Explosions of activity

Detail from Incredible Hulk Anatomy.

Recent news from my studio:
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The Incredible Hulk Anatomy image did very well. 

  • Published it on Symbiartic, got some good traffic, over 70 Facebook Likes and a few comments there. 
  • Editor-in-chief of io9.com, Annalee Newitz published it there, and it's up to about 24000+ views in 4 days. 
  • This Tumblr-er posted it, and it's been re-shared and Liked more than 370+ times. 
  • I had some fun viewing it on Google Ripples.
  • My Symbiartic post about fine artist Marc Quinn's Self also got a shout-out on Gizmodo.

    I don't have time to do a lot of fan art: but it is a useful tool to getting noticed by a wider crowd, much like how many 90's goth bands did covers of popular Depeche Mode and New Order songs. It's a lot of fun to do though. Wonder what I should tackle next?  Always wanted to finish something with Cloak and Dagger. 

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    I revamped my professional portfolio online. 

Instead of awkwardly grouping artwork by mediums used (painting, drawing) as I used to do, I think I've made it a little more editor and art director friendly by arranging the galleries by topic. 
New galleries are:

Hopefully this makes it easier to navigate. I also tried to pick some really strong images for the first image in each gallery. 
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I'm pretty close to revealing some of the work I did earlier this year. It's my first time doing actual scientific illustration instead of the surreal stuff I'm usually commissioned to do, and I'm really pleased with how they turned out. After doing these, I think I shed my imposter-syndrome that flares up a bit when I consider myself a part of the science blogosphere. #Iamscience

For now, here's a little Instagram-preview of one of the images:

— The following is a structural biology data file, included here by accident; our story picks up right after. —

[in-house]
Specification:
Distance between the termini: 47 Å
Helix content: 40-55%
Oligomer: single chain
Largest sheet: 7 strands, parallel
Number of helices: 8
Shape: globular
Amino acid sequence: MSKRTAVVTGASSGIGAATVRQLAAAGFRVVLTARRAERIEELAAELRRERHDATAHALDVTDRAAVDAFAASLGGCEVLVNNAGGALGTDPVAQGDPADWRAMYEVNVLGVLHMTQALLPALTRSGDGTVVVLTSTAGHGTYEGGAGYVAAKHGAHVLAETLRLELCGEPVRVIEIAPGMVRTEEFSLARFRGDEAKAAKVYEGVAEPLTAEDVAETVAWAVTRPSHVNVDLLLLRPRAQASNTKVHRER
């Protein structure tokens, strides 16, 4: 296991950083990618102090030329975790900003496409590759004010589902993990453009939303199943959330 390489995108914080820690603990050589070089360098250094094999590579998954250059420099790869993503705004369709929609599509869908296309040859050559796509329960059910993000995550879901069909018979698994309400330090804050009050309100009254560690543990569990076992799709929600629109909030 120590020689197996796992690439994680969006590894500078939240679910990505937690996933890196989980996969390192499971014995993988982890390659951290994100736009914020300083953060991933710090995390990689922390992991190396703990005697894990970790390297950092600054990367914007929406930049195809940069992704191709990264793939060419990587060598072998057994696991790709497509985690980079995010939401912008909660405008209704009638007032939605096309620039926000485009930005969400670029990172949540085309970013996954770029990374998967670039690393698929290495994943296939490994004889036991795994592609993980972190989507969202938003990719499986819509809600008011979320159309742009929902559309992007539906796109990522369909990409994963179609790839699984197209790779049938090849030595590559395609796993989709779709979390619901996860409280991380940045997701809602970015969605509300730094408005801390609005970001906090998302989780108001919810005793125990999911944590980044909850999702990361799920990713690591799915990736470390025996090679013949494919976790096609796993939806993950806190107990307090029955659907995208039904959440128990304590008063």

© Glendon Mellow

Expect more posts about this project pretty soon!  There's also 4 more projects in the works...

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Original artwork on The Flying Trilobite © to Glendon Mellow
under Creative Commons Licence.

Print Shop

Find me on Symbiartic, the art+science blog on the Scientific American Blog Network!

Flying Trilobite on Facebook Pages & Poll!

If you are a fan of The Flying Trilobite and my artwork, now you can add The Flying Trilobite to your Facebook page. Just click below the image in my sidebar, the image below, or right here, and it will whisk you off into that magical Facebook land of zombies, creatures hatching from eggs, and sage prophet-programs telling you which superhero you most resemble.

If you are unfamiliar with Facebook pages, it adds a tiny icon in your Facebook profile declaring you are a fan - of celebrities, scientists, organisations, museums, artists obsessed with mythical flying trilobite fossils, television shows, video games, and more. It's another way for me to get some news out to people who frequent my blog, or communicate about issues not directly tied to my posts.

And hey, you get a teeny-tiny flying trilobite fossil sitting on your Facebook page, next to Carl Sagan, Super Mario, and Nelly Furtado.


I've added a poll in my sidebar that will stay open the next two weeks. Some of my favourite blog features are themed-posts on regular days. Of Two Minds has their Sunday Funnies; A Blog Around the Clock features ClockQuotes throughout the week, as well as picks from science news stories; Page 3.14 has photos from ScienceBlogs every week, Life Before Death has photos every Friday; you see where I'm going?

Would it be helpful to my readers of this blog to know that a certain day is a good time to stop in to see the art? I would likely be posting at least one original, fully new piece per month. I am considering putting up details or up-close shots of paintings the rest of the time.

You can click more than one option, if you like. Depending on which ones you pick, you have an opportunity to confuse me.

Please take a moment to do the poll! It closes on April 9th, appallingly early in the morning, eastern standard time.

All original artwork on The Flying Trilobite Copyright to Glendon Mellow. The contents of this blog are under a Creative Commons Licence. See sidebar for details.